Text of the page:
American audiences in the 1930s sure loved white guys playing Asian detectives. You had Warner Oland as Charlie Chan, Peter Lorre as Mr. Moto and perhaps the least beloved of the three, Boris Karloff’s Mr. Wong.
MGM has released the first two Mr. Wong pictures on its burn-on-demand Limited Edition Collection. Both directed by William Nigh, the films are the first of six films based on the Chinese detective from stories in Collier’s Magazine. Running at just over an hour each, the films are barely average whodunits, buoyed slightly by Karloff’s charm.
Mr. Wong, Detective opens the series with a story of three chemical manufacturers who’ve just renegotiated their partnership to state that if one dies, the others split his shares. Naturally, one dies almost immediately alone in his office, with no signs of trauma, and the others follow suit shortly thereafter. While the police force is baffled, Wong looks for possible invisible killers.
In The Mystery of Mr. Wong, a wealthy collector gains possession of a stolen Chinese gem known as the Eye of the Daughter of the Moon. He confesses to Wong that he fears the worst because of the gem, and he’s proved right during a game of charades that turns murderous. The gem is stolen and switches hands several times before Wong can pin down the culprit.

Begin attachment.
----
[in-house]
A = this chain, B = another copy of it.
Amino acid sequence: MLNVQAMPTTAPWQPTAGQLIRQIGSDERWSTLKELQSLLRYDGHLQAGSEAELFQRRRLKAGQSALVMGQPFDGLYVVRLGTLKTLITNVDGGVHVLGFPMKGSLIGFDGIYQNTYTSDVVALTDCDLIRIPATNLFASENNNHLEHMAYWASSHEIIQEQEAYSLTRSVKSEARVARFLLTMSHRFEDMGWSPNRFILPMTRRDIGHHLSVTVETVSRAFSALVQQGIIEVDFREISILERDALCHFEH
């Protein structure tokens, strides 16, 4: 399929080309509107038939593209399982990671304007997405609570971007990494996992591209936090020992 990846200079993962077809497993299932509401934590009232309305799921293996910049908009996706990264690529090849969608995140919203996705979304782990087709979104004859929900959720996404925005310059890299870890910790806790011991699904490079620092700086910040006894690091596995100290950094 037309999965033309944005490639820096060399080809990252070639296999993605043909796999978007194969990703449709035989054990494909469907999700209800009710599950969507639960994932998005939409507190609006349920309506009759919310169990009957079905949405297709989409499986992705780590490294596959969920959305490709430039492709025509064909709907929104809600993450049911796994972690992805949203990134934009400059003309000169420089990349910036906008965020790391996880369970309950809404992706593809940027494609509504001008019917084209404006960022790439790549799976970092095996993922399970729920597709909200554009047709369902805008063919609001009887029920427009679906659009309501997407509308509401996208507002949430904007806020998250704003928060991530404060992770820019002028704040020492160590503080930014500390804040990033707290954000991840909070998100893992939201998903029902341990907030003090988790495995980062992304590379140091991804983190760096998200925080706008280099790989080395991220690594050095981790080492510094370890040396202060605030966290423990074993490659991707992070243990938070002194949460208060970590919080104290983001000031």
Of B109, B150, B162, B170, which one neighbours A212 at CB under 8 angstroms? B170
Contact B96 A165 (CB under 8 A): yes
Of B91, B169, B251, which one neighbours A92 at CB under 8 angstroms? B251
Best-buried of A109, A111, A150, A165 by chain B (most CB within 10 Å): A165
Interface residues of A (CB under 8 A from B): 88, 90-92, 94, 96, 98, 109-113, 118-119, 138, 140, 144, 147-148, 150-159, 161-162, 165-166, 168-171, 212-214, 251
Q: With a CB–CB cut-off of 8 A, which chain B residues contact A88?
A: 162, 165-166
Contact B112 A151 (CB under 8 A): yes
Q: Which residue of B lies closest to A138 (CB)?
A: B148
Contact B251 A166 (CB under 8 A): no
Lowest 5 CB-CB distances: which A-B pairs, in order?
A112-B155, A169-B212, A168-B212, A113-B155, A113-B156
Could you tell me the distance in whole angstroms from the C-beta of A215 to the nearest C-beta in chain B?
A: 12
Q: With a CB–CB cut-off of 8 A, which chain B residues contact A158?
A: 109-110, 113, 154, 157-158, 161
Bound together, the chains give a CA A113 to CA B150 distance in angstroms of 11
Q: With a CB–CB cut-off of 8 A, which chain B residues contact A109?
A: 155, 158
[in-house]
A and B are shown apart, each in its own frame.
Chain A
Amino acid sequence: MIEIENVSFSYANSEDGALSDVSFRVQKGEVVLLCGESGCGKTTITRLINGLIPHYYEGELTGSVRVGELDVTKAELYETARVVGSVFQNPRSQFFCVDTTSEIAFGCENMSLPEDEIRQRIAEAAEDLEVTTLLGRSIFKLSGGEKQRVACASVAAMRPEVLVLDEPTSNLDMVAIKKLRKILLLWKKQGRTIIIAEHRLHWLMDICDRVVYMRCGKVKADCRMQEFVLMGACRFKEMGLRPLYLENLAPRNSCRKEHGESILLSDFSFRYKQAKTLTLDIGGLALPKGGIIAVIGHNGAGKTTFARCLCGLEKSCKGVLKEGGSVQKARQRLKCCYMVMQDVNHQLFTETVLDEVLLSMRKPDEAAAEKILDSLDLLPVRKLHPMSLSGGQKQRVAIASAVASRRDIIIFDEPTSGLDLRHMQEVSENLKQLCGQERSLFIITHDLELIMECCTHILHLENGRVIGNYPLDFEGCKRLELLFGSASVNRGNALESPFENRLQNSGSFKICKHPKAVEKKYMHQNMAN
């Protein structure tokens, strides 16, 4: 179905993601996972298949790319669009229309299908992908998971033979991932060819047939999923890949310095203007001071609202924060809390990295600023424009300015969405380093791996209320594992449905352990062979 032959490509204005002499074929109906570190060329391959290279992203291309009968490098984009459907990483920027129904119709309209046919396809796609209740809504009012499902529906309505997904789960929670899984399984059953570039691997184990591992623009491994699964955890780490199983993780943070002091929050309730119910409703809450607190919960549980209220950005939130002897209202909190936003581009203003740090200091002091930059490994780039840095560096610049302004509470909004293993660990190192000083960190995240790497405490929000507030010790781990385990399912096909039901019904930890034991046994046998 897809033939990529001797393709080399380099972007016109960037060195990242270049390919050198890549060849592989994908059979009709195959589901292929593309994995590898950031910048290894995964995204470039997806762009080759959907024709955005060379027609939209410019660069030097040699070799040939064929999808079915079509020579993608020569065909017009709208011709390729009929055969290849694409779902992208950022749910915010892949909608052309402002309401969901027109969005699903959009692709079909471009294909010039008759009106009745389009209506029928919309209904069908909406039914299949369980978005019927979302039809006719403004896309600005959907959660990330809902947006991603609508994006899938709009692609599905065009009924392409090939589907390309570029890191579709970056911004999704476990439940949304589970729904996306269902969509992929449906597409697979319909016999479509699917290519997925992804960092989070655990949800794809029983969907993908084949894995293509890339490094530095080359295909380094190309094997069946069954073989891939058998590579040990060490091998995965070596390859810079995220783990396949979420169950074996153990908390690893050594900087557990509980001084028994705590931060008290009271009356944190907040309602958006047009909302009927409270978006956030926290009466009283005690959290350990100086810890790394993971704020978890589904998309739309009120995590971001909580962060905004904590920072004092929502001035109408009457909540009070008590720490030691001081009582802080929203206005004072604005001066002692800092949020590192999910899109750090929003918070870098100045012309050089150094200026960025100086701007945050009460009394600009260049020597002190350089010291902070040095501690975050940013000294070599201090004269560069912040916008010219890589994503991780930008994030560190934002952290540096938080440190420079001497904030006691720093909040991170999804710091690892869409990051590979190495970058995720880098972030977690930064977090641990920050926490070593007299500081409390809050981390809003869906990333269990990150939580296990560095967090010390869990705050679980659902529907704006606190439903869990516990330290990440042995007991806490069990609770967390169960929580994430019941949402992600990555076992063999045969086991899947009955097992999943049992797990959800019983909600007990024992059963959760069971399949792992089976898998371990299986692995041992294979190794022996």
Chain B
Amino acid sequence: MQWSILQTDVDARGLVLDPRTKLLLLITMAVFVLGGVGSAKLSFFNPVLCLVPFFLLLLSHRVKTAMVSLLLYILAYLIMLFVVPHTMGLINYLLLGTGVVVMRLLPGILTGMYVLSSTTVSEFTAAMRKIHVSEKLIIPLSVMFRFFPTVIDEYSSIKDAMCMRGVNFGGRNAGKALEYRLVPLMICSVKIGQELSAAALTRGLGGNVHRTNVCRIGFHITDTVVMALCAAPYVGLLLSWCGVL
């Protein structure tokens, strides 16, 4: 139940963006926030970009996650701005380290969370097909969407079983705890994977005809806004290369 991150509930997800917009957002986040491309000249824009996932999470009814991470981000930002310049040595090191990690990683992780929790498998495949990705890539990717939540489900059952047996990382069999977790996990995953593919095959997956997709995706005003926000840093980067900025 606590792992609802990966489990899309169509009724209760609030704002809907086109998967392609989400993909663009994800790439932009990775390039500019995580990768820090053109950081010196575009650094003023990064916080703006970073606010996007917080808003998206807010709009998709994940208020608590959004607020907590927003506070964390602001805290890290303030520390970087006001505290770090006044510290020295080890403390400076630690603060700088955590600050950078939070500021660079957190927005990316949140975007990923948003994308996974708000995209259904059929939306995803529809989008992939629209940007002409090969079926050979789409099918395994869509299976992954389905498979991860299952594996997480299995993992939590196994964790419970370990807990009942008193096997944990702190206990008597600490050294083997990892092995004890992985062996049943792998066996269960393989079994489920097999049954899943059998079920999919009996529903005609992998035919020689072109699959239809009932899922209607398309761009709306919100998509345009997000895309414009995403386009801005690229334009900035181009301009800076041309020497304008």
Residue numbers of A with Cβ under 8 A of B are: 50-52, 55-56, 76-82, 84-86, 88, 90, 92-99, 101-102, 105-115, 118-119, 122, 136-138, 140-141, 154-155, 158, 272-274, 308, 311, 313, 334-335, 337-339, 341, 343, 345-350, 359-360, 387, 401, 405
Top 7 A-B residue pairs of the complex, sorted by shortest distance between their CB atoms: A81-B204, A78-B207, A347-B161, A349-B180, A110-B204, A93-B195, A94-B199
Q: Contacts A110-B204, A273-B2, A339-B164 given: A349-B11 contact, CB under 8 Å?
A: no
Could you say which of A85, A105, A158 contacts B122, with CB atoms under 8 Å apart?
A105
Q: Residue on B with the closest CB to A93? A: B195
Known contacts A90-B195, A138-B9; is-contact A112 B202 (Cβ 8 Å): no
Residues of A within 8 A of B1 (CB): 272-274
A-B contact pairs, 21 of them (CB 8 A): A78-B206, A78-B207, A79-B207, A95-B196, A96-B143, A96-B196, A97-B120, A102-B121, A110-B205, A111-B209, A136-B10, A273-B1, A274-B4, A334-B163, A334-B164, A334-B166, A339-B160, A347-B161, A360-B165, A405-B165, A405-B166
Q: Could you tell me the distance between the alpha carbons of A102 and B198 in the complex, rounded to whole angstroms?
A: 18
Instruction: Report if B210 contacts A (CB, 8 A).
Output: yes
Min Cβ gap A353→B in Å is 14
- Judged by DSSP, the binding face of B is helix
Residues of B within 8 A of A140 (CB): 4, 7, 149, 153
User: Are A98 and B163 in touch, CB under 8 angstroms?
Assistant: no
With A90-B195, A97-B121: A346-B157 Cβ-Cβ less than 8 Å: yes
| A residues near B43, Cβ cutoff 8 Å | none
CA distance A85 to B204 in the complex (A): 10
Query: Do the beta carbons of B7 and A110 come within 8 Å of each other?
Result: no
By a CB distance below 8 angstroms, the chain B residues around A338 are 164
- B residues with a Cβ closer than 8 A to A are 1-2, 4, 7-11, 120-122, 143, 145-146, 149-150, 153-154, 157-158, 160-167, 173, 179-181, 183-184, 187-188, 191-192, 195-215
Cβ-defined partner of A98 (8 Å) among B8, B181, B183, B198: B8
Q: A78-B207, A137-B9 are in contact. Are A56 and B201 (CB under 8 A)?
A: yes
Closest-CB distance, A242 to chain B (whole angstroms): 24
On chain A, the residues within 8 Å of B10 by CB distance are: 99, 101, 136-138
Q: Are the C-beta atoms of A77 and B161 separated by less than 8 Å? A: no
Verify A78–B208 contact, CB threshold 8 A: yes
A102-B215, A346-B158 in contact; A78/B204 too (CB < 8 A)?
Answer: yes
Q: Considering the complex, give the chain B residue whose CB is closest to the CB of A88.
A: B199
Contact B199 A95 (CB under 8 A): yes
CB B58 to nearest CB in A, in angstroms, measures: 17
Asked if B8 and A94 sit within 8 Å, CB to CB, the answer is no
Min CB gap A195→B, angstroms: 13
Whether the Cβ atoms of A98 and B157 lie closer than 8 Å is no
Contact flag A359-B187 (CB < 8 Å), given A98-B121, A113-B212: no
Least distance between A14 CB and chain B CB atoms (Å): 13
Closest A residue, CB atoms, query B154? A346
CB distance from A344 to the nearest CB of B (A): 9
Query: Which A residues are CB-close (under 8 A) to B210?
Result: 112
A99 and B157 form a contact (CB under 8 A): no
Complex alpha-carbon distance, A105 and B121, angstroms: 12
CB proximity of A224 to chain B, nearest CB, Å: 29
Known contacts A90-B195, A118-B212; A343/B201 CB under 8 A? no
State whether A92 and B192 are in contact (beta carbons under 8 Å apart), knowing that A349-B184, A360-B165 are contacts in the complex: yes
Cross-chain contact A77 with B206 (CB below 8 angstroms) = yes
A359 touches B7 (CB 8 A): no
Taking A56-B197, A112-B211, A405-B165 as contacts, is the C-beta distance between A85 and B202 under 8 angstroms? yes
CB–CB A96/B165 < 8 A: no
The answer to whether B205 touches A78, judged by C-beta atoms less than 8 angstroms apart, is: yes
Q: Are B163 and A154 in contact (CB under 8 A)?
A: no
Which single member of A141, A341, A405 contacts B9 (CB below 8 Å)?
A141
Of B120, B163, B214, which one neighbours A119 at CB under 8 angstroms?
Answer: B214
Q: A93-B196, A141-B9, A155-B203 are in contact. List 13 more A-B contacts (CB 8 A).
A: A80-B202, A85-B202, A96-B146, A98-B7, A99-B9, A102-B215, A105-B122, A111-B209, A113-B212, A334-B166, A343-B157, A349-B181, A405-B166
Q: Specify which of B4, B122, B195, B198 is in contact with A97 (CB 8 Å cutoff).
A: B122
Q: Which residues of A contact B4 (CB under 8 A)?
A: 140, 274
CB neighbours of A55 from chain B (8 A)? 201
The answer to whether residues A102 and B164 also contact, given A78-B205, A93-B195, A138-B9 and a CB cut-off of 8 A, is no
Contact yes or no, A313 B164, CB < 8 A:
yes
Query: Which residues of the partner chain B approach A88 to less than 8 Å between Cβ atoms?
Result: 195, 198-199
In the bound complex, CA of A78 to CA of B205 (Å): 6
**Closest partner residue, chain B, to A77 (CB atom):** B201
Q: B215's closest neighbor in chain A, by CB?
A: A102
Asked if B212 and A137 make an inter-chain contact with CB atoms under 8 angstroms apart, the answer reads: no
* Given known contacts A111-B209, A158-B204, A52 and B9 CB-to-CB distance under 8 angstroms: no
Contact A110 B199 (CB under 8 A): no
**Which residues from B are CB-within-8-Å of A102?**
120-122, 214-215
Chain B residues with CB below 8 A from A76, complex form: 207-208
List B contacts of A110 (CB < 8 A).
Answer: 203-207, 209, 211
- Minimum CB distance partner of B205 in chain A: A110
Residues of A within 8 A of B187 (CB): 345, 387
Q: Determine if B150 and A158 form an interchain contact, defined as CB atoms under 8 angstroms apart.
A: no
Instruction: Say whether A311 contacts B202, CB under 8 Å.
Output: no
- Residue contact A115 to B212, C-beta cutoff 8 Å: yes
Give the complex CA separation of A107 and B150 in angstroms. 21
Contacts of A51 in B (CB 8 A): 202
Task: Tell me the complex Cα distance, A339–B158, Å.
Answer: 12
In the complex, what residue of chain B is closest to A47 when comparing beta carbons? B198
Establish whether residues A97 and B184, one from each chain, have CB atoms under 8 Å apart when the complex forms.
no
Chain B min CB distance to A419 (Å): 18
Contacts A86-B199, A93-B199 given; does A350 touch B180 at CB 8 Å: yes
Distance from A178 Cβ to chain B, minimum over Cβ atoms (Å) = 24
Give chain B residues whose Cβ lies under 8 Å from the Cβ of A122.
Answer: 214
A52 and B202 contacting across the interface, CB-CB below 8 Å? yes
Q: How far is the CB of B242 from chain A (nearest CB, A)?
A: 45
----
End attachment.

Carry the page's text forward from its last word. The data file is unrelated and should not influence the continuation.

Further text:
In both films, Wong’s patience and intelligence acts as the foil to the blustering but grateful Capt. Sam Street (Grant Withers, who would play the role throughout the series). We can be grateful that Karloff’s portrayal doesn’t rely on any offensive Asian stereotypes — we’re not talking Mickey Rooney in Breakfast at Tiffany’s here — but there’s little in the characterization to make Wong all that interesting. Karloff is smooth, but this is not a very compelling character to build a series on.
The MGM DVDs of the films are passable, although both transfers are plagued with print damage and heavy grain that appears as digital noise. Both audio tracks are accompanied by persistent hissing.
For fans of the series, there’s absolutely no reason to pick these releases up, as you can snag the complete set of six films from VCI for less than the cost of one of these. Plus, you get actual pressed DVDs that way. While I can’t personally vouch for the quality of that set, reviews are pretty positive, and I highly doubt the MGM DVD-Rs represent a significant leap in quality, if any.